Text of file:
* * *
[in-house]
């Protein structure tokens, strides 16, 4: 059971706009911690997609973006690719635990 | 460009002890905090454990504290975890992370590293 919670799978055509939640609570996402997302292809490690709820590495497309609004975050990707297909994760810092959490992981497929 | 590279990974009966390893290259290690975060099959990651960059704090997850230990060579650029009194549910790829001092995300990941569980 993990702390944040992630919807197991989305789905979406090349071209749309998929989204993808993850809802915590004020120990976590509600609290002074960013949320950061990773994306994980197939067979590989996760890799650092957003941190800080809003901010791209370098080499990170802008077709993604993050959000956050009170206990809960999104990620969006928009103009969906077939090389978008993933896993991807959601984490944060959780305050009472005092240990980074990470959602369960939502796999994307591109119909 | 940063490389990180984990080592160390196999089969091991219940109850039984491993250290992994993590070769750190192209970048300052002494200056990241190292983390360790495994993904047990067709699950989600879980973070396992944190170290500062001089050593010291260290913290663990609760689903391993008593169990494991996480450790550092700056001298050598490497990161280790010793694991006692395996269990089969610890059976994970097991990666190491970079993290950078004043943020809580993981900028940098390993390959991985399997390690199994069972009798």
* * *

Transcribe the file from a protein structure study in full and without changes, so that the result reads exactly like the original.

[in-house]
């Protein structure tokens, strides 16, 4: 059971706009911690997609973006690719635990 | 460009002890905090454990504290975890992370590293 919670799978055509939640609570996402997302292809490690709820590495497309609004975050990707297909994760810092959490992981497929 | 590279990974009966390893290259290690975060099959990651960059704090997850230990060579650029009194549910790829001092995300990941569980 993990702390944040992630919807197991989305789905979406090349071209749309998929989204993808993850809802915590004020120990976590509600609290002074960013949320950061990773994306994980197939067979590989996760890799650092957003941190800080809003901010791209370098080499990170802008077709993604993050959000956050009170206990809960999104990620969006928009103009969906077939090389978008993933896993991807959601984490944060959780305050009472005092240990980074990470959602369960939502796999994307591109119909 | 940063490389990180984990080592160390196999089969091991219940109850039984491993250290992994993590070769750190192209970048300052002494200056990241190292983390360790495994993904047990067709699950989600879980973070396992944190170290500062001089050593010291260290913290663990609760689903391993008593169990494991996480450790550092700056001298050598490497990161280790010793694991006692395996269990089969610890059976994970097991990666190491970079993290950078004043943020809580993981900028940098390993390959991985399997390690199994069972009798």